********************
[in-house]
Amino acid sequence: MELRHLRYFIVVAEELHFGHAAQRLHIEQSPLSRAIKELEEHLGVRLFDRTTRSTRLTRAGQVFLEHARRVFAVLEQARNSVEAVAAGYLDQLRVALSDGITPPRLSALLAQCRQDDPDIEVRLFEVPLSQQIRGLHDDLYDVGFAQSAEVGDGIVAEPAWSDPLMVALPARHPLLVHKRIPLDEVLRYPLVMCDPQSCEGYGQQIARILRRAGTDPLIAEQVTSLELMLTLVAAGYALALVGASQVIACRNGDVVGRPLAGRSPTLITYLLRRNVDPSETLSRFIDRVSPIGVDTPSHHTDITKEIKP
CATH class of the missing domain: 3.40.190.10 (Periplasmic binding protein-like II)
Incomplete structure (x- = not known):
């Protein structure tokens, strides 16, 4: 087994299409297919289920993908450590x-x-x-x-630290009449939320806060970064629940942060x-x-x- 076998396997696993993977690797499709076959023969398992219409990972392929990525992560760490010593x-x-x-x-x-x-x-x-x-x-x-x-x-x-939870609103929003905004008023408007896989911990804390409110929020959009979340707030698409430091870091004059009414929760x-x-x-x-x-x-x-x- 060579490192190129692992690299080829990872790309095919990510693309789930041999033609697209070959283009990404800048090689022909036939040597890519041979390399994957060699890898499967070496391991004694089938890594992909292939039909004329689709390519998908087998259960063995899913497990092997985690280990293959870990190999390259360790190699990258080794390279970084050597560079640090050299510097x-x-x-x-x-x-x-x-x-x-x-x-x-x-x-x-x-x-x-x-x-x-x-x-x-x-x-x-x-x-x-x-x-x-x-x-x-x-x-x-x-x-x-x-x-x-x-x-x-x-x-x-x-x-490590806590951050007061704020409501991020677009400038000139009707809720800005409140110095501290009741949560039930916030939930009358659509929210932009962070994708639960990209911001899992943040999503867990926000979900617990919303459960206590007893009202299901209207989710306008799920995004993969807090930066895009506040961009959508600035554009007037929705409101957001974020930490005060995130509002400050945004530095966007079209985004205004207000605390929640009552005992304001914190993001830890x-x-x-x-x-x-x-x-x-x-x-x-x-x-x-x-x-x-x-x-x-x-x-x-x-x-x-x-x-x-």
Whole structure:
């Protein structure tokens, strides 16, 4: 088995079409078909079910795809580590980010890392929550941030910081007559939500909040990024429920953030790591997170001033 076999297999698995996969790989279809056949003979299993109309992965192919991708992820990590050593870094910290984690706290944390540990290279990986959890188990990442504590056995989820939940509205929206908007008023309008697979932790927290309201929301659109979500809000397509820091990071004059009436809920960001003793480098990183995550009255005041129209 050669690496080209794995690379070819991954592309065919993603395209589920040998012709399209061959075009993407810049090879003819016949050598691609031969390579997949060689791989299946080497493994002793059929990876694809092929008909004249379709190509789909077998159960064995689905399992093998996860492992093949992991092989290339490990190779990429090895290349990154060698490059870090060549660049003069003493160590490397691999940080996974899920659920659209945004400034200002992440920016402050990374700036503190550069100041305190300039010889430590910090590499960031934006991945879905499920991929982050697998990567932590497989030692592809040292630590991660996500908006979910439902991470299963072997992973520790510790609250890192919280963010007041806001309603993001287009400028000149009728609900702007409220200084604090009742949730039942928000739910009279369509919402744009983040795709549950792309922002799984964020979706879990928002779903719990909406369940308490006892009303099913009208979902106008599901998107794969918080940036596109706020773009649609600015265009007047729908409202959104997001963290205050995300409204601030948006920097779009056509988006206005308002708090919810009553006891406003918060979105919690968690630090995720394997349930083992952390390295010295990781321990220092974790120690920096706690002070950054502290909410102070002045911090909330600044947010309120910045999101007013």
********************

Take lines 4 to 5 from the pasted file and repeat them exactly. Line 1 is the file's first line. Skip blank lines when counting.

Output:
Incomplete structure (x- = not known):
């Protein structure tokens, strides 16, 4: 087994299409297919289920993908450590x-x-x-x-630290009449939320806060970064629940942060x-x-x- 076998396997696993993977690797499709076959023969398992219409990972392929990525992560760490010593x-x-x-x-x-x-x-x-x-x-x-x-x-x-939870609103929003905004008023408007896989911990804390409110929020959009979340707030698409430091870091004059009414929760x-x-x-x-x-x-x-x- 060579490192190129692992690299080829990872790309095919990510693309789930041999033609697209070959283009990404800048090689022909036939040597890519041979390399994957060699890898499967070496391991004694089938890594992909292939039909004329689709390519998908087998259960063995899913497990092997985690280990293959870990190999390259360790190699990258080794390279970084050597560079640090050299510097x-x-x-x-x-x-x-x-x-x-x-x-x-x-x-x-x-x-x-x-x-x-x-x-x-x-x-x-x-x-x-x-x-x-x-x-x-x-x-x-x-x-x-x-x-x-x-x-x-x-x-x-x-x-490590806590951050007061704020409501991020677009400038000139009707809720800005409140110095501290009741949560039930916030939930009358659509929210932009962070994708639960990209911001899992943040999503867990926000979900617990919303459960206590007893009202299901209207989710306008799920995004993969807090930066895009506040961009959508600035554009007037929705409101957001974020930490005060995130509002400050945004530095966007079209985004205004207000605390929640009552005992304001914190993001830890x-x-x-x-x-x-x-x-x-x-x-x-x-x-x-x-x-x-x-x-x-x-x-x-x-x-x-x-x-x-």